Return to the Cloudy Nights Telescope Reviews home pageAstronomics discounts for Cloudy Nights members
· Get a Cloudy Nights T-Shirt · Submit a Review / Article

Click here if you are having trouble logging into the forums

Privacy Policy | Please read our Terms of Service | Signup and Troubleshooting FAQ | Problems? PM a Red or a Green Gu… uh, User

Equipment Discussions >> Reflectors

Pages: 1 | 2 | 3 | 4 | 5 | (show all)
BillFerris
Post Laureate
*****

Reged: 07/17/04

Loc: Flagstaff, Arizona, USA
Re: Big dob for objects with structure and detail? new [Re: alexvh]
      #5914400 - 06/11/13 01:07 AM

Quote:

So at the same magnification M31 will look the same regardless of aperture?




What you'll notice if you have an opportunity to observe a galaxy like M51 (the Andromeda Galaxy isn't a good example because it's extremely large and nearly edge-on) through a range of apertures under a dark sky, is that objects and details appear more obvious to the eye as aperture increases. Also, subtle details which are at or beyond the threshold of visibility in a smaller scope will be visible at the eyepiece of a larger scope. By delivering a more intense light packet to the eye, a larger aperture allows you to discern more subtle contrasts. In other words, increasing aperture lowers the threshold contrast at which an object will be visible to the eye. The bottom line is this translates to improved views.

That said, many observers can get more out of the scope they have by investing in the time it takes to drive to darker skies to observer, by spending more time at the eyepiece to study an object and by learning to use a range of magnifications to tease every bit of detail from an object. A person often doesn't need to buy a larger scope to see more. Developing their technique and spending more time under a dark sky can deliver more of everything.

Bill in Flag


Post Extras: Print Post   Remind Me!   Notify Moderator  
GlennLeDrew
Postmaster
*****

Reged: 06/18/08

Loc: Ottawa, Ontario, Canada
Re: Big dob for objects with structure and detail? new [Re: BillFerris]
      #5914463 - 06/11/13 02:30 AM

Bill,
You said, "By delivering a more intense light packet to the eye, a larger aperture allows you to discern more subtle contrasts."

Just to be clear...

For extended objects, a larger aperture by itself does not deliver a more intense light packet.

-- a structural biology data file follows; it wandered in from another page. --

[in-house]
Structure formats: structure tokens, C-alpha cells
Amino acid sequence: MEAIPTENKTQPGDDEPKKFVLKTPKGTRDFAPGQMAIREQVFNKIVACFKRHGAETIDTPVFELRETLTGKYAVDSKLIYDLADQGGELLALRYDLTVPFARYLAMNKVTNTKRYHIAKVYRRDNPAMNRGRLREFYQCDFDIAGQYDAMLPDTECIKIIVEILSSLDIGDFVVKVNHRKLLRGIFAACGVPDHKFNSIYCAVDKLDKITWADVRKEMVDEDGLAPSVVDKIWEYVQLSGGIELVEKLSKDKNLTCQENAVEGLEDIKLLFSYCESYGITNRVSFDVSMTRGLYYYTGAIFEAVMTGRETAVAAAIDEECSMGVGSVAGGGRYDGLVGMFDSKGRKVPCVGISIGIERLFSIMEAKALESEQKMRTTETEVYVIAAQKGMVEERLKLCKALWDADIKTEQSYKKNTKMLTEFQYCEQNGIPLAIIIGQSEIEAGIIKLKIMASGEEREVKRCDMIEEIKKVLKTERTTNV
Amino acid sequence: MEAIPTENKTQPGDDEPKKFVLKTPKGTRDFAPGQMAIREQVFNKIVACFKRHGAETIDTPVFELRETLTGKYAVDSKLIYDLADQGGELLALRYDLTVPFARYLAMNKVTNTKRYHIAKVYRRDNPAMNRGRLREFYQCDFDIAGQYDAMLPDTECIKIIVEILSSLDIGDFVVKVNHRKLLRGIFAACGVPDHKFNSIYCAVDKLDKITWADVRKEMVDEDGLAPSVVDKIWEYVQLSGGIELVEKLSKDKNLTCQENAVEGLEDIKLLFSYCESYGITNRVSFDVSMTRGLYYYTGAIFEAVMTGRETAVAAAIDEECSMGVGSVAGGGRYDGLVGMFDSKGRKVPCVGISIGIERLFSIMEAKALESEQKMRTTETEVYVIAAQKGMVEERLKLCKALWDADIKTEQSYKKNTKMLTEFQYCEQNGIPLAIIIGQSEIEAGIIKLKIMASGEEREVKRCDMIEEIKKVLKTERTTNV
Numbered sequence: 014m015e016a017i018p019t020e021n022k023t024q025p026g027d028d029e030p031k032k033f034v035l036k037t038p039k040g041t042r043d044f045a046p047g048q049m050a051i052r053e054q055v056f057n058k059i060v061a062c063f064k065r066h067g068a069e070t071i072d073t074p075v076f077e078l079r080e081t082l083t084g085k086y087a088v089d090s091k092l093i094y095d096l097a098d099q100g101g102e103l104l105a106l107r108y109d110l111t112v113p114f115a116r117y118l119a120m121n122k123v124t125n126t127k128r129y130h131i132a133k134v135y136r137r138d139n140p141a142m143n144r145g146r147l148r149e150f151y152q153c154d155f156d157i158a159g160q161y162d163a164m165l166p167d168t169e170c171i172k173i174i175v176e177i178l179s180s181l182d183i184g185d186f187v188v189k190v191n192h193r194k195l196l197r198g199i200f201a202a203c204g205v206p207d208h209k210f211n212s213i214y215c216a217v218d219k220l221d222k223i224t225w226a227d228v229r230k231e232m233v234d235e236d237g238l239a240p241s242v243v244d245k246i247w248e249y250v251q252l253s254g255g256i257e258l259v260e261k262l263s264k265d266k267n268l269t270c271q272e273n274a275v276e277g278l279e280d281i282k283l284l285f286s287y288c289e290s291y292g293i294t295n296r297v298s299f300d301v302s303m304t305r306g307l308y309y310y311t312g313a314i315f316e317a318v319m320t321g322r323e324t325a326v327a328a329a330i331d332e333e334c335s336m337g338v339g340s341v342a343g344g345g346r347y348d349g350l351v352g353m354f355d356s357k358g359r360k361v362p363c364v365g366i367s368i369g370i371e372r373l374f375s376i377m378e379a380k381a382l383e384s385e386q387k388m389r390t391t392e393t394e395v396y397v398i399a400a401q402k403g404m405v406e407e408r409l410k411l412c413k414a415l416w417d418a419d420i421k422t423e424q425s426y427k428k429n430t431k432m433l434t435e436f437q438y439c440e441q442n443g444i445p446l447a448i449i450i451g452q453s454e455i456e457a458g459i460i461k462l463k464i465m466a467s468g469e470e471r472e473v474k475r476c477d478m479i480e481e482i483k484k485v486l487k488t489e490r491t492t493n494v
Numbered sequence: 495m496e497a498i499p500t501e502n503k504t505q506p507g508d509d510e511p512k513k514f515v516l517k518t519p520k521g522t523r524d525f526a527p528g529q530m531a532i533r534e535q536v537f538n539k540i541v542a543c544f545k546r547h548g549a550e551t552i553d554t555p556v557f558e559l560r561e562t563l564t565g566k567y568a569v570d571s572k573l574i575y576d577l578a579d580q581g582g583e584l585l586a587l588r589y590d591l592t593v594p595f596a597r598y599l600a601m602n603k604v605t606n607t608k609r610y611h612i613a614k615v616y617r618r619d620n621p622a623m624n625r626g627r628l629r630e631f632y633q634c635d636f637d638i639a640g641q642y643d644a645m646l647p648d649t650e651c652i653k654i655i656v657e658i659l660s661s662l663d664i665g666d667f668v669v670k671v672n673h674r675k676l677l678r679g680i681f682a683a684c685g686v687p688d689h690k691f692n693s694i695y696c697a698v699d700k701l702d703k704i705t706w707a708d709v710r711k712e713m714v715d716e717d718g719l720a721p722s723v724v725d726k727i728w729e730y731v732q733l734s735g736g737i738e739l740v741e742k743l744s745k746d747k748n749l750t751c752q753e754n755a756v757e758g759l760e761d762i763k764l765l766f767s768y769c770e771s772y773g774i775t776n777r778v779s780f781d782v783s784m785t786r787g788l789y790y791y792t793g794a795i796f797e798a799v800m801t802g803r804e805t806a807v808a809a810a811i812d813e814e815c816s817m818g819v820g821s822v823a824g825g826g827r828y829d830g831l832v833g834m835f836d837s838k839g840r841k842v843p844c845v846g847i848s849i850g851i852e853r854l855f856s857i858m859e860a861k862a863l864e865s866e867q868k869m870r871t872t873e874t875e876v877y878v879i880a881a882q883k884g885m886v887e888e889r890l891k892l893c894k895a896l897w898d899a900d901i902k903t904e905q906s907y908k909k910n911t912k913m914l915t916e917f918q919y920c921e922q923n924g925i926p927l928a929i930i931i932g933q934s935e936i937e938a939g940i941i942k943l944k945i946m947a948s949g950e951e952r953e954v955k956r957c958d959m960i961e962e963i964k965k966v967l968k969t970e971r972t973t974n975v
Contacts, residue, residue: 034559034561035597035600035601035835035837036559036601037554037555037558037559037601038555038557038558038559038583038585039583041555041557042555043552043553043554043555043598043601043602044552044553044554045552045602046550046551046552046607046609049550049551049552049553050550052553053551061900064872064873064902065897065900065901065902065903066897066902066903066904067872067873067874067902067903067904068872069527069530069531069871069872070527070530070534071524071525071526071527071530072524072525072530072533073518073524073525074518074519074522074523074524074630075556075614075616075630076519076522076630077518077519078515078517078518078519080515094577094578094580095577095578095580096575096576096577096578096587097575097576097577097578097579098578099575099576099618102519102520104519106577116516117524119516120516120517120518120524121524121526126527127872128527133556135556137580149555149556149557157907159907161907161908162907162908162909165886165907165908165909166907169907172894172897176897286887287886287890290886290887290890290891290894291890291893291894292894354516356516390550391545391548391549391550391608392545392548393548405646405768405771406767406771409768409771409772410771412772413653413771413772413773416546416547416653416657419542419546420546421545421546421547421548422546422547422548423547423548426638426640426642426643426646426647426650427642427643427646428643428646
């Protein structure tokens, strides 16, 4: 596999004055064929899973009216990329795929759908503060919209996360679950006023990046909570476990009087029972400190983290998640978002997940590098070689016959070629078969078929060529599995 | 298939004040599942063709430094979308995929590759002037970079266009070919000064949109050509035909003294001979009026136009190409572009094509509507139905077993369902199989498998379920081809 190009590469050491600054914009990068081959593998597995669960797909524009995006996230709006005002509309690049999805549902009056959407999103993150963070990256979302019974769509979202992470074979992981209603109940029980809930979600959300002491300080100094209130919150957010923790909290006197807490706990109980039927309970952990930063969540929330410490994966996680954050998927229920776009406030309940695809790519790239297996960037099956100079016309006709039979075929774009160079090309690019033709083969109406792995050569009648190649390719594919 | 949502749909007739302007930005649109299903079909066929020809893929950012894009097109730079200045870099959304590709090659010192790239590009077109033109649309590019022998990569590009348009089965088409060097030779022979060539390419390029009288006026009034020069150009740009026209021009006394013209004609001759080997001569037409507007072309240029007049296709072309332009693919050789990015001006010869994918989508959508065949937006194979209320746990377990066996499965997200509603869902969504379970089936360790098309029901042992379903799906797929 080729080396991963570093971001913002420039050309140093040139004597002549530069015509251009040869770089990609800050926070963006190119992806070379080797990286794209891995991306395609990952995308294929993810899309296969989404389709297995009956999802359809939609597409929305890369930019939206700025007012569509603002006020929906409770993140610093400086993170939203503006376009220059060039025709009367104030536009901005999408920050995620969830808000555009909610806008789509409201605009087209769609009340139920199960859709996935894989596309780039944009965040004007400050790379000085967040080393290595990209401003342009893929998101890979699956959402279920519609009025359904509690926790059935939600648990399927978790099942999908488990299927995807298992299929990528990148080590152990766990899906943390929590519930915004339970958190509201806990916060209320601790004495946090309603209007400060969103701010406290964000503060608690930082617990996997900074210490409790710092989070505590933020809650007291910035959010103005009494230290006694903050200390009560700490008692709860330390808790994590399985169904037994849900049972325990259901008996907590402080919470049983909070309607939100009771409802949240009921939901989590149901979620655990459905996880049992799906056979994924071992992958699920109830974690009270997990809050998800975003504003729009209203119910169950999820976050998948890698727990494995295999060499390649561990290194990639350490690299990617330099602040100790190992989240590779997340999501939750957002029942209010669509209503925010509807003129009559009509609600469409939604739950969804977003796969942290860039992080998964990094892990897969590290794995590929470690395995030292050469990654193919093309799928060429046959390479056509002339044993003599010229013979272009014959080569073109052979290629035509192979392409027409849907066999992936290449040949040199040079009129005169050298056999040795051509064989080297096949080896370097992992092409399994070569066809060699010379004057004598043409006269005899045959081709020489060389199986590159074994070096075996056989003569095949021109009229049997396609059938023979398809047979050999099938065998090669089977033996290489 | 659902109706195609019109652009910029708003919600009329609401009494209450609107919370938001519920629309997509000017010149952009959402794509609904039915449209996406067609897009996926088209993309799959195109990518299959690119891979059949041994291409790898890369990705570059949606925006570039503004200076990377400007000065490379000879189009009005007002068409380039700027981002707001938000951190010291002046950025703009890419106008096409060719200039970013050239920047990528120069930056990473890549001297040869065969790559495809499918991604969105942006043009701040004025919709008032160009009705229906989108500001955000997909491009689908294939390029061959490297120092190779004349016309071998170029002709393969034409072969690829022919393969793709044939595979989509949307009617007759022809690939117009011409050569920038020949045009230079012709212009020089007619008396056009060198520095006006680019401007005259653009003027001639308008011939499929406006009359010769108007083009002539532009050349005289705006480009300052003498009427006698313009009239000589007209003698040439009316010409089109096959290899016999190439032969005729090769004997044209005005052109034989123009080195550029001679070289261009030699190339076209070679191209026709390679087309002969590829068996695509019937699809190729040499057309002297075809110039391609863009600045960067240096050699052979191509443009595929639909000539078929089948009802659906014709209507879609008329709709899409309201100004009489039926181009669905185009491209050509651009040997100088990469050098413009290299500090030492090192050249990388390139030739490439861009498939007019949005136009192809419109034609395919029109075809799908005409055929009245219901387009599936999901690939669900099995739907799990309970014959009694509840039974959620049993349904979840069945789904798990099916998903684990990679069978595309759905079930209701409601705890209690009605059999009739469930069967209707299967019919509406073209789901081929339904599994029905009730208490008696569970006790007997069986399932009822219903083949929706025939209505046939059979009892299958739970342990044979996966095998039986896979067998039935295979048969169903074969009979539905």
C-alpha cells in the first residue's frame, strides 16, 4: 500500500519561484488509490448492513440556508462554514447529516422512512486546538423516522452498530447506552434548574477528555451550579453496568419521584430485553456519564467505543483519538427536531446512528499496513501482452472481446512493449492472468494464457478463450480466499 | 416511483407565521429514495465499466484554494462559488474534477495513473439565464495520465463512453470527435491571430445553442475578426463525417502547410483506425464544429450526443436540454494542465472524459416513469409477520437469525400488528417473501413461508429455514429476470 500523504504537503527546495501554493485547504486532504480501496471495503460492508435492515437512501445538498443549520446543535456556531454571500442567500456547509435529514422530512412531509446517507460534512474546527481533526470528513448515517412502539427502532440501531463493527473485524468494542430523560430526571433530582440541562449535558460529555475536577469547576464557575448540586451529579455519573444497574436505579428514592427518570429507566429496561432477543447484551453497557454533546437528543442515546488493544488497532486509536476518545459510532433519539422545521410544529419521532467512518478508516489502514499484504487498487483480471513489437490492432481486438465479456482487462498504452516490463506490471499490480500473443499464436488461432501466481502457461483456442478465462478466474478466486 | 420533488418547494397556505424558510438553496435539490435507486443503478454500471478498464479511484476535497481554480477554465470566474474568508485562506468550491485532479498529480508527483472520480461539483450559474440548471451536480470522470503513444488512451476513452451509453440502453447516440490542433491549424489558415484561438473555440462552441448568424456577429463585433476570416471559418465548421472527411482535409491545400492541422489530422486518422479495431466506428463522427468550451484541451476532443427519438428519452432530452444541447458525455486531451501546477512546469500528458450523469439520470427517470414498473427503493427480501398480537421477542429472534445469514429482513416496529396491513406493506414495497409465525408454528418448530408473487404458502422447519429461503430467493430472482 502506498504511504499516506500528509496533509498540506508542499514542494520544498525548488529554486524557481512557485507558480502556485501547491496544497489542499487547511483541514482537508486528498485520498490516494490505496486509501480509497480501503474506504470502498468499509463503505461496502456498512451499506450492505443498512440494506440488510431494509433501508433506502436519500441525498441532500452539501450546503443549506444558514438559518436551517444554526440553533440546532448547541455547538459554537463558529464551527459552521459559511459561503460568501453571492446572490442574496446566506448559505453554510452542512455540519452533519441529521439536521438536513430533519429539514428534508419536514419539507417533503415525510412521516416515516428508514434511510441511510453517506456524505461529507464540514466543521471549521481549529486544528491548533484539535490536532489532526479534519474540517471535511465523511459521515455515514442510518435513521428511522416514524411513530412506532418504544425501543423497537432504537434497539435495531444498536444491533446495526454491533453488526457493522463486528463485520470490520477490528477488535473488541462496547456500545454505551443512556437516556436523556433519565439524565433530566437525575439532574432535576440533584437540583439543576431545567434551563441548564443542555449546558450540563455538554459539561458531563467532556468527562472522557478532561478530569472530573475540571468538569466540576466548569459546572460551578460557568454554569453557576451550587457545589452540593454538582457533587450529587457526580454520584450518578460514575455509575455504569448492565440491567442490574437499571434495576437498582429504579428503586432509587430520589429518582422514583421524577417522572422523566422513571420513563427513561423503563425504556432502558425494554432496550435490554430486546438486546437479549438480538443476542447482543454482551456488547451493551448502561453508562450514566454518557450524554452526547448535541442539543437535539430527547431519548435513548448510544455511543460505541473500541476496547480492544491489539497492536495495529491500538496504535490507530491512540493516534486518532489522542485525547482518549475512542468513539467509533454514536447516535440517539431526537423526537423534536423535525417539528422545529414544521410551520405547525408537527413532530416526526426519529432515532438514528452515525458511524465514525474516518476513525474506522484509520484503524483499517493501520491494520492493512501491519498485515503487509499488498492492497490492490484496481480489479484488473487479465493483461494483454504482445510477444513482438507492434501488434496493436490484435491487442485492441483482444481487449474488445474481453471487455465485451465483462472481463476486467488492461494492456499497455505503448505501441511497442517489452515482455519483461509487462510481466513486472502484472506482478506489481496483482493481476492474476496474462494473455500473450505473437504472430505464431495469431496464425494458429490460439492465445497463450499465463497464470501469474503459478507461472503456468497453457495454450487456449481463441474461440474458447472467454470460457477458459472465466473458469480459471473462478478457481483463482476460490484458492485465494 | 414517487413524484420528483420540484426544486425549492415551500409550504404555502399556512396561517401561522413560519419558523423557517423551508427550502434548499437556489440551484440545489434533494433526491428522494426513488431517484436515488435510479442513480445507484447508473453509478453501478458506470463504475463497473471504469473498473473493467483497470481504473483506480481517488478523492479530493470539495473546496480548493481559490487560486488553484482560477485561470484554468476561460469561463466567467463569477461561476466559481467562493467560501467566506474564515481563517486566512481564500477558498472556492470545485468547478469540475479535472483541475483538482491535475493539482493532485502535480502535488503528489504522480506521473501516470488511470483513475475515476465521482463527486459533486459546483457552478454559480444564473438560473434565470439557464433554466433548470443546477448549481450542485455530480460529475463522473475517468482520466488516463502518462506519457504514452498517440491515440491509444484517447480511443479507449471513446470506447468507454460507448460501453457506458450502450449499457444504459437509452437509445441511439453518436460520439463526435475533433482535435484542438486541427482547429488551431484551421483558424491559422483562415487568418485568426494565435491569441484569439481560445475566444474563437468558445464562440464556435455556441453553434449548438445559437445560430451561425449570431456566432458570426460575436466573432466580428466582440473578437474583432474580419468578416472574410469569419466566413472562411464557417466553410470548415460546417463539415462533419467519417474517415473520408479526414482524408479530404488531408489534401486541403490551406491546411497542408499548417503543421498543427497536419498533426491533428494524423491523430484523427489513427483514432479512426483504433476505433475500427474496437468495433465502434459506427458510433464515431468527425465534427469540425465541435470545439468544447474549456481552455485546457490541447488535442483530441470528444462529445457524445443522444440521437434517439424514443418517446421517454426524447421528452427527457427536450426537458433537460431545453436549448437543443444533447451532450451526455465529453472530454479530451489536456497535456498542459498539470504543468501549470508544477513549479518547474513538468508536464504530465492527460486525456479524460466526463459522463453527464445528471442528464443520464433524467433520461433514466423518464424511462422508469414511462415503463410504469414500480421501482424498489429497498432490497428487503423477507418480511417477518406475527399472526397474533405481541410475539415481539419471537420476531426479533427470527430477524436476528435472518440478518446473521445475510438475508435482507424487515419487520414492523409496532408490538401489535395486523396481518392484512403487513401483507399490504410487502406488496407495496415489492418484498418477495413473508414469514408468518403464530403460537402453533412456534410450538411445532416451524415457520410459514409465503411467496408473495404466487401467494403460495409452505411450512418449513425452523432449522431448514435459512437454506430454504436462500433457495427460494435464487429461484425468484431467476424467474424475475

At given exit pupil, all apertures deliver equally intense light packets.

At given aperture, a lower magnification (larger exit pupil) delivers a more intense light packet.

If a more intense light packet is what's required to see subtler contrasts, then one would tend to go to lower magnification/larger exit pupil. Of course, as we know, this is not generally the case, as object size on the retina is also very important, and so a higher power is often preferred to a lower power.

Threshold contrast is controlled fundamentally by the exit pupil; larger pupils allow to detect subtler brightness variations, because visual system noise is reduced.

Threshold detail is fundamentally controlled by the aperture. A larger aperture provides a larger image at given exit pupil/surface brightness.

To say that a larger aperture lowers threshold contrast is really saying that a larger aperture reveals more detail. Which is axiomatic.

Suppose we have two galaxies which are intrinsically identical, but one is 10X more distant. The nearer one is 20' across, and the farther is 2' across. both have identical surface brightness, but in integrated light the farther one is 1/100 as bright, or 5 magnitudes fainter.

A 2" scope is trained on the near galaxy, and a 20" scope on the distant galaxy. At the same exit pupil, both views will be identical; the 10X bigger scope exactly compensates for the 10X larger distance. The larger scope is *not* lowering the threshold contrast; the perceived surface brightness, brightness profile and visible extent are the same. The larger scope is merely presenting detail commensurate with its aperture.

If the larger aperture in this example lowered the threshold contrast, we should expect to see more detail and a larger extent in the galaxy it's trained upon.

My questions to you, bearing in mind the specific experiment outlined...

Will the views be the same or different?

If different, why?

If not different, how then can it be said that the larger aperture lowers threshold contrast?


I don't like the phrase "lowering threshold contrast" because it too easily connotes the magical and incorrect notion that contrast has increased. Particularly for the less knowledgeable.

If through a small aperture I can discriminate a patch of nebulosity only when it is 10% or more brighter than the sky, can I expect to see through a larger scope a nebula that is 9% brighter than the sky, and with an even bigger scope, a nebula 8% brighter than the sky?

No. No matter the aperture, the same contrast limits apply. And so threshold contrast is not altered by aperture.


Post Extras: Print Post   Remind Me!   Notify Moderator  
jpcannavo
scholastic sledgehammer
*****

Reged: 02/21/05

Loc: Ex NYCer, Now in Denver CO!
Re: Big dob for objects with structure and detail? new [Re: robininni]
      #5914726 - 06/11/13 09:48 AM

Rob
I also enjoy the more detailed "showcase" objects. One thing to realize, though, is that the list gets longer with larger aperture - assuming observing conditions are sufficiently good.

Another thing to appreciate is that it doesn't take a long list of deep sky objects to keep you busy. I just got back from a one night 6 hour stretch under pristine Rocky Mountain skies at the RMSS. I must tell you that I spent that 6 hours with just a few objects. You mention M51 - I spent nearly half the night on M51 alone! But not all in one stretch, but rather going back and forth between M51 and just a few other objects. Each time back to M51 I would try to see more than I had just seen a 1/2 hour ago. Later in the evening I did the same with the M17 and M20. Oh, BTW do add NGC 4565 to your list, its right up at the top - it will seem almost photographic in detail with your aperture under dark skies with good seeing.